Who They Remind Me Of

Five Texas Tech commits, including Lufkin receiver Keke Coutee (pictured above), who remind RaiderPower.com of former Red Raider greats.

One definition of stardom in sports is memorableness. If a player’s overall performance is so prominent that it sticks in fan’s minds for 10, 20 or 30 years, chances are that player was very good. That being the case, one can only hope that the following comparison of current Texas Tech recruits to past Red Raider football players proves apt. If it is, these players, too, will become stars.

Tight end Buzz Tatom played during a Dark Age of Texas Tech football (1981-84), which also was an era before the advent of the modern passing game. Consequently, Tatom is likely not recalled as readily as he would be had he played 20 years later. Still, he was a heck of a tight end. At 6-foot-4 and 210 pounds, he was on the lean side, even by the standards of his day, but he was quick, mobile and had excellent hands. Over the course of his career he caught 61 passes for 760 yards and nine touchdowns. Donta Thompson may do that in two seasons. Like Tatom, Thompson is a tall, angular strider who high-points the ball and brings it in with regularity. Tatom played exclusively tight, but Thompson, in the modern spread, will see the field in tight, slot, and probably wide positions.

Receiver Carlos Francis was arguably the first prominent receiver of Mike Leach’s Texas Tech tenure. He played from 2000 to 2003, and was drafted by the Oakland Raiders in the fourth round. Francis was not huge, but he had terrific straight-ahead speed and was fearless catching the ball over the middle. Thus he was a deep threat and a guy who made the tough intermediate grabs as well. Keke Coutee looks to be a similar receiver. Coutee has Francis’ height, speed and guts. Now all he needs to do is pack on a bit more muscle and perform.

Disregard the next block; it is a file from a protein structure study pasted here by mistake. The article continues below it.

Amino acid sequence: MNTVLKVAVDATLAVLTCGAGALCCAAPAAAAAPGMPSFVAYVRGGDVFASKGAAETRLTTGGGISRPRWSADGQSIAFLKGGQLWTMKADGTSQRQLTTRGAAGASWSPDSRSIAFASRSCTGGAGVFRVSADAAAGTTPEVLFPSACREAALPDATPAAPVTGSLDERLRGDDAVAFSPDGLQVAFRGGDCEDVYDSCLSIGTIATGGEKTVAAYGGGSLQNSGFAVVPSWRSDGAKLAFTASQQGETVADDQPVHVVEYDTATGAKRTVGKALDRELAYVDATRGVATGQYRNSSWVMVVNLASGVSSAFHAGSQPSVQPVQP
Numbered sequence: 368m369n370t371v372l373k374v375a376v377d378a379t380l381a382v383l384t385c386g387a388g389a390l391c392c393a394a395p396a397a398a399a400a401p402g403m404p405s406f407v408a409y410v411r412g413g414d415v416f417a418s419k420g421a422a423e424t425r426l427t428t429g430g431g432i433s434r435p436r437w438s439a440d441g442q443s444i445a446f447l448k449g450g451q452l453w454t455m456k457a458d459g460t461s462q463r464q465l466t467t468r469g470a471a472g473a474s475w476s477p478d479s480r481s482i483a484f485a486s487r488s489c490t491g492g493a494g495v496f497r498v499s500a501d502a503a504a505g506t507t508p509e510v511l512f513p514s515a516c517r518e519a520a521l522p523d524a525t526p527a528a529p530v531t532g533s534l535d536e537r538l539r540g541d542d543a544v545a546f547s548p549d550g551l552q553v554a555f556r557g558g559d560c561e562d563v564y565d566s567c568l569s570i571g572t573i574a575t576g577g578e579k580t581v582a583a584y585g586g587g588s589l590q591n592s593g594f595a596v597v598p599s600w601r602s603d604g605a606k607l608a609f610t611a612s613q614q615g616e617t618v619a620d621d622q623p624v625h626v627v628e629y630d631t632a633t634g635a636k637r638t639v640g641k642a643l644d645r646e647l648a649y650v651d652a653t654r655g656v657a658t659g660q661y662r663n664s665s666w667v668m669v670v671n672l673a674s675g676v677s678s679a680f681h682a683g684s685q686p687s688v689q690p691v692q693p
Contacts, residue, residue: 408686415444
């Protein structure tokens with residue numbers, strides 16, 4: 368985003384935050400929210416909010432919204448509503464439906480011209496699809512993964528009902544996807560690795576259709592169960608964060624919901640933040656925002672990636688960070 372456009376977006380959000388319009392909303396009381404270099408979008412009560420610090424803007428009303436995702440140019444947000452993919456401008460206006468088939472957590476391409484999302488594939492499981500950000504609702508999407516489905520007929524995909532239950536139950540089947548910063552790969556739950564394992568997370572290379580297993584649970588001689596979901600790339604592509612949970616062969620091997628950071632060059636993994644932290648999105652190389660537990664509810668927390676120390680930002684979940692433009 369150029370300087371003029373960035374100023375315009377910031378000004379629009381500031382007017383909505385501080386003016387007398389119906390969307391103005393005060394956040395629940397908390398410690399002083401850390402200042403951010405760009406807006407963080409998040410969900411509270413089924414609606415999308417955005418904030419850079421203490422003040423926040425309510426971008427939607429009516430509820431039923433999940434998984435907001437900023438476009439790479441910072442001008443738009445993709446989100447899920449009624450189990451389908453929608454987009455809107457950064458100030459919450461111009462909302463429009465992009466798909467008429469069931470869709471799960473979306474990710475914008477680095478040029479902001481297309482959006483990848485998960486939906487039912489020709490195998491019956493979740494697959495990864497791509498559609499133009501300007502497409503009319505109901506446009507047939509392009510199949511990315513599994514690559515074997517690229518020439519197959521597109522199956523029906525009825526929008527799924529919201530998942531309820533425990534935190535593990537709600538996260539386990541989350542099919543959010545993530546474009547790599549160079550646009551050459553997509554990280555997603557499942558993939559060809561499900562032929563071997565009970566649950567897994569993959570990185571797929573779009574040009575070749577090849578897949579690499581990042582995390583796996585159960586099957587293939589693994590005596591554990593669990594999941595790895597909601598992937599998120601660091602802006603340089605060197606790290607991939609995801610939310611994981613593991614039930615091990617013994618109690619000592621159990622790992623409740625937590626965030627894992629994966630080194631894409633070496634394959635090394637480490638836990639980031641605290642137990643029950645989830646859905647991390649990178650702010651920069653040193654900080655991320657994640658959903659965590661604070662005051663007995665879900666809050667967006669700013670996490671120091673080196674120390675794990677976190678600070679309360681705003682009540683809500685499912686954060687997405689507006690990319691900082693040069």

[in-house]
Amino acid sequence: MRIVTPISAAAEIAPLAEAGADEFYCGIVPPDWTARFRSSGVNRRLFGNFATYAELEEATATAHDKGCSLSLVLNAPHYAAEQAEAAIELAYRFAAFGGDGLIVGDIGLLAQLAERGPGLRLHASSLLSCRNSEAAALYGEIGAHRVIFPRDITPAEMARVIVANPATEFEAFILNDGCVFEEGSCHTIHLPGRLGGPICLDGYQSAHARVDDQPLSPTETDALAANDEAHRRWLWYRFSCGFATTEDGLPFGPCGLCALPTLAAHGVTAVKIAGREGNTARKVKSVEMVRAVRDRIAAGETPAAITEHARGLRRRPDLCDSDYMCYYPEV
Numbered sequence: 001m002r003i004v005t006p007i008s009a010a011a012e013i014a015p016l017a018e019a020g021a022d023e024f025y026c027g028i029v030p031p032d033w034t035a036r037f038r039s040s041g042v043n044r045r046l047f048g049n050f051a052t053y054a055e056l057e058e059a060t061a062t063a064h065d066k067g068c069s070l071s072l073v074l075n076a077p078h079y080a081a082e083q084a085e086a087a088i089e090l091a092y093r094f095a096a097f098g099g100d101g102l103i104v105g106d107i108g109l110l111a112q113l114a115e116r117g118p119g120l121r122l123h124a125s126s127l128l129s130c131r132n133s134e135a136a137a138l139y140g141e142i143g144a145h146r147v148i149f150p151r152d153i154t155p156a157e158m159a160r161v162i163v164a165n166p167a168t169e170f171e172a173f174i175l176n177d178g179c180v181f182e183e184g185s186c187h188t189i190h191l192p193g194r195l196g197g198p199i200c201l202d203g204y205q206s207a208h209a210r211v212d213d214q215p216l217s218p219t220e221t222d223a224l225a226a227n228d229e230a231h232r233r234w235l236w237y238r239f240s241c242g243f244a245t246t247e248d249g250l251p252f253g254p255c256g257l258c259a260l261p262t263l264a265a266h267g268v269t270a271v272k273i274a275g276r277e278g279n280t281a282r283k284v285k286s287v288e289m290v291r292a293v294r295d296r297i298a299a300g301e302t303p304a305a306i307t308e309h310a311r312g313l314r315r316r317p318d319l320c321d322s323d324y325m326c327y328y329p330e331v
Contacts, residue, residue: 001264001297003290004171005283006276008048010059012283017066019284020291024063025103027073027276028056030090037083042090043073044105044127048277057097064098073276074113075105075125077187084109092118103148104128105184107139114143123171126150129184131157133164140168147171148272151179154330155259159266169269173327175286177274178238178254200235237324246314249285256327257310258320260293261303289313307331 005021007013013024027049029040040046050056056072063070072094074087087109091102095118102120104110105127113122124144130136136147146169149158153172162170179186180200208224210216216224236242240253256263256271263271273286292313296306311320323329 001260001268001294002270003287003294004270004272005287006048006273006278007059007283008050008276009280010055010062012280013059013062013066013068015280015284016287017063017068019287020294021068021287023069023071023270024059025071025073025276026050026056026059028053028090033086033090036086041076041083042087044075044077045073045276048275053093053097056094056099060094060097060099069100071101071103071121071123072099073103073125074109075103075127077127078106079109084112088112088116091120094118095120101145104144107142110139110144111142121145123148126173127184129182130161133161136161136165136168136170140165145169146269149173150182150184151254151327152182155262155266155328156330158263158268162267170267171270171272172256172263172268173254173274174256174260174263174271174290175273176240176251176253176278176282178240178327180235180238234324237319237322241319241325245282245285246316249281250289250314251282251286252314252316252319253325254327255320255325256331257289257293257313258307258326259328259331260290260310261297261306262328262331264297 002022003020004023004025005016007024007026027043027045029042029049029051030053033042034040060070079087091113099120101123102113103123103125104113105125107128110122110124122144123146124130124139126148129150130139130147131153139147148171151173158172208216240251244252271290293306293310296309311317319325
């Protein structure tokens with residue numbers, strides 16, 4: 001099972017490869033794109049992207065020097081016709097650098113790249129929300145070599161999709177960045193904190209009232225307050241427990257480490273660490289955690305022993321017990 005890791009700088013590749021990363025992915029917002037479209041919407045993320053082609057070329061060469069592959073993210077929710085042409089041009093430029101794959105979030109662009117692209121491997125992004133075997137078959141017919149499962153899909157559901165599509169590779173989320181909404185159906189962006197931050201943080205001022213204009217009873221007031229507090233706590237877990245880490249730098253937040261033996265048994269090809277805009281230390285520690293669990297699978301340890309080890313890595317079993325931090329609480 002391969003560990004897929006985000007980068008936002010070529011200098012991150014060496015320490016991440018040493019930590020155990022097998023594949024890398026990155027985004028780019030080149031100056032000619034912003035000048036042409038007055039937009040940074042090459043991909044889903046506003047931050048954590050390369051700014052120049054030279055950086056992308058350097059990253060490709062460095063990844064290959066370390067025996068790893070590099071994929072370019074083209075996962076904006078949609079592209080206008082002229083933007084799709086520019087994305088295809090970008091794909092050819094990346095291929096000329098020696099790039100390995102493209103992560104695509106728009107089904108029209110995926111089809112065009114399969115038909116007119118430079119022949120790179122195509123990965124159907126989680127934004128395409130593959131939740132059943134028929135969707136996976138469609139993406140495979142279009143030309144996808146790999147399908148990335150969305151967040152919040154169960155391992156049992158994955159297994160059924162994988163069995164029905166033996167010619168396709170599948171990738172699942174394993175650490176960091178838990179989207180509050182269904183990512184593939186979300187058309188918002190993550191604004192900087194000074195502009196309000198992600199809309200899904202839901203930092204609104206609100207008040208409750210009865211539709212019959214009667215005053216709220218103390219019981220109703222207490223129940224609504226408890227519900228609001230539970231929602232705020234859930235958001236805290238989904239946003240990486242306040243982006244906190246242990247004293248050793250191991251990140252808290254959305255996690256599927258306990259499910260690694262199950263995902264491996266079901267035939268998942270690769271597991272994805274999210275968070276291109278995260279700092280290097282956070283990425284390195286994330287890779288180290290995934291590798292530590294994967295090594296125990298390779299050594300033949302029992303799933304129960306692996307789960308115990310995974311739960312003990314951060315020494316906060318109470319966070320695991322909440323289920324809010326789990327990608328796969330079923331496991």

Defensive end Brandon Williams must surely be one of the most lightly regarded Texas Tech football recruits who nevertheless managed to carve out an NFL career. A virtual unknown coming out of Fort Worth South Hills high school, Williams quickly established himself as a legitimate Big 12 defensive end, and as a junior in 2008, led the conference in sacks. Listed anywhere from 6-foot-2 to 6-foot-5, Williams was a physical presence who played larger than his stature. Lonzell Gilmore does the same. One of Tech’s more obscure recruits, Gilmore is listed at 6-foot-3 and 210 pounds, but despite that relatively small size, really brings a load. He has an excellent swim move, an unerring nose for the football, and the ability to drop ball-carriers in their tracks directly he makes contact. Like Brandon Williams, Gilmore could prove to be a real sleeper of a defensive end.


One hesitates to compare any high school player to the great Michael Crabtree, but Furquan Shorts certainly shows some similarities to the Biletnikoff Award winner. At 6-foot-2 and 195 pounds, Shorts has a frame that looks a lot like Crabtree’s. He also has a size/speed combination that, like Crabtree’s, often makes him look like a man playing against boys. But the strongest similarities are seen when Shorts runs after the catch. He has tremendous waggle and change of direction for a big receiver, and wastes no time or motion getting upfield with the ball once it gets to his hands. Shorts probably isn’t quite as physically strong as Crabtree, but if that’s his only “deficiency,” Shorts will be a great one.

Texas Tech has had hard luck with defensive tackles over the last 30 years or so, but one of Tech’s tackles who bucked the trend was Desmond Royal, a fireplug from Temple, Texas. Royal was 6-foot-1 and approximately 275 pounds, which was pretty good size for a college tackle in the mid- to late-eighties. He was not a spectacular player, but was solid and reliable. He also had a monster game on the road at Arkansas in 1986, which helped Tech spring a major upset and turn their season around. Courtney Wallace could be a similar player to Royal. Although Wallace is 300 pounds, he has a similar blocky build as Royal—indeed, even more so—and plays the game with good effort. He could be a fixture in Tech’s defensive line for years to come.



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